7. Book Talks — Have students select a book from Tumblebooks to use in a book talk. A book talk is a 1 minute book review presentation that includes:
    1. Showing the book (using a projector, interactive whiteboard, or a hardcopy of the book).
    2. Start with a good lead-Why would other class members want to read this book?
    3. Tell the author, title, and genre.
    4. Explain why you chose the book.
    5. Tell a little about the book, but don’t give away secrets. Show several of the illustrations.
    6. Mention other books by the same author or other books in the series.
    This is very similar to a Reading Rainbow book review. Here is a link to a Youtube videothat will provide your students with a great example of a book talk.
  8. Theme Studies — Identify 3-4 books on Tumblebooks with a common theme. Have students read each of the book using the Tumblebook Library or a hardcopy of the book and complete a language chart. Click here to download a theme chart.
    Theme Study: Being Different Makes Us Special
    Select books with main characters who are “different” from the norm.
    Suggested Tumblebook Texts:
    Ruby’s Wish
    Marsupial Sue
    Little Oink
    Create the theme chart on butcher paper and provide each student with a copy.
    Have students listen to the story on Tumblebooks and complete the chart. After students have had a chance to listen to the stories, gather students in whole group to complete the class chart. Be sure to compare and contrast the stories. What does the author want the reader to learn from this character? What is the theme (moral or message)? Why do you think the author wants us to learn this? How are the authors’ purposes alike?
    This is a great activity for building vocabulary and critical thinking skills.
  9. Academy Awards of Tumblebooks — “Nominate” 5 texts from Tumblebooks library. Add the titles to the computer playlist. Create a wall chart for class votes.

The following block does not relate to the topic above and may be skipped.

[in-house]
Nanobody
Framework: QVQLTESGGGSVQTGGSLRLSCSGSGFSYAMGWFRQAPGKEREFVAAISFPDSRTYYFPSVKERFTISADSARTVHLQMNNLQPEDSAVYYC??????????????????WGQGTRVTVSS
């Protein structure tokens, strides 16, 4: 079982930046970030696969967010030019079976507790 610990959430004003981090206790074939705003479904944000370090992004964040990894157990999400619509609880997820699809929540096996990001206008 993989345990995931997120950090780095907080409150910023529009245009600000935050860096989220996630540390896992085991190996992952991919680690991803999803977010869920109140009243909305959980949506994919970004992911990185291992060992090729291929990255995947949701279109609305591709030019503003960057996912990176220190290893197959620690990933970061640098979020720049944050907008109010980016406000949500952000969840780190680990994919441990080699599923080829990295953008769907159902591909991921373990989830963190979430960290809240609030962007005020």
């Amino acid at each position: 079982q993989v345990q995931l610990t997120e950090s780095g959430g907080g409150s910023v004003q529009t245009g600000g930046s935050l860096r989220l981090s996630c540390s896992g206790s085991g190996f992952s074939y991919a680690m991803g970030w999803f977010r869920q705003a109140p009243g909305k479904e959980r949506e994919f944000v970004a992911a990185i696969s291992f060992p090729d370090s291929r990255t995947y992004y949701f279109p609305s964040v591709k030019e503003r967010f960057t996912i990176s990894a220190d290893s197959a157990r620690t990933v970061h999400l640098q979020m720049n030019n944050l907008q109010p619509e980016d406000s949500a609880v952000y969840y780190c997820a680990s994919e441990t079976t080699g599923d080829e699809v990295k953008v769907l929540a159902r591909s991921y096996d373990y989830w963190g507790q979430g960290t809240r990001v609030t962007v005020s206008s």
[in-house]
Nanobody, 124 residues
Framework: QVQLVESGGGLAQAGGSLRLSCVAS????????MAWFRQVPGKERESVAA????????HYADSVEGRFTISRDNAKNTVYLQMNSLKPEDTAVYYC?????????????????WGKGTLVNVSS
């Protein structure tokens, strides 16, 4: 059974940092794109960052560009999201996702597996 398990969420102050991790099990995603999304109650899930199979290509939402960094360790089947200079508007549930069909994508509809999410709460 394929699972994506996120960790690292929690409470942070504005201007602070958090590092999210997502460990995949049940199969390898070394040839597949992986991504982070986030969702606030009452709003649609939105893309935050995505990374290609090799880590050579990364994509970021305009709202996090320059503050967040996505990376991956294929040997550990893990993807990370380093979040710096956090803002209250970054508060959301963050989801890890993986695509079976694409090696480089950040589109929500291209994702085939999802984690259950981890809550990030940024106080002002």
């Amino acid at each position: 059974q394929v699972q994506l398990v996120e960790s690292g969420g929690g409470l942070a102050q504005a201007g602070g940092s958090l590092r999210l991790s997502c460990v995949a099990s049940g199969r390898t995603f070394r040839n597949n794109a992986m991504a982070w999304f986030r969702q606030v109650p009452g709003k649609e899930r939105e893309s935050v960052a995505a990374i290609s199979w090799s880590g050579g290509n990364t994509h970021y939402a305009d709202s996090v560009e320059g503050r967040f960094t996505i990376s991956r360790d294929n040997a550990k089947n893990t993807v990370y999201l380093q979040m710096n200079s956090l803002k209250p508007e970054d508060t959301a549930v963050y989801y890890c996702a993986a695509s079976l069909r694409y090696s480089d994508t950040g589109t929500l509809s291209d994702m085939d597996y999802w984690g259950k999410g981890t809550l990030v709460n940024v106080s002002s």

Have students read and vote for their favorite book. At the end of the rating period (you determine a set amount of time), the class votes are tabulated and the winner of the “Best Tumblebook” is announced. You can add award categories such as Best Non-fiction Book, Best Book by the Author…., Best Character Development, etc.
    Here are some titles of books by Robert Munch that you can use on Tumblebooks:
    Stephanie’s Ponytail
    Purple, Green, and Yellow
    Something Good
    Mud Puddle
    After listening to all texts the student places a “star” to vote for his/her favorite book. The book with the most stars wins.
  10. Create your own “Tumblebooks” — Have students select a book not on Tumblebooks. The student will practice the book until he/she has expression, phrasing, accuracy, and appropriate rate. Then the student records himself reading the text use Audacity, Garageband, or another type of voice recorder. The student can use PowerPoint or Moviemaker to add pictures from the book to be displayed while reading. Upload the text reading to a podcast site or place the podcast on your class website.

Happy Teaching!
Kelly Harmon



Kelly Harmon and Randi Anderson

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Kelly Harmon & Associates began in 2001 with a mission of instructional coaching and providing rich literacy resources for educators and parents. Our work incorporates research-based best practices for teaching and learning.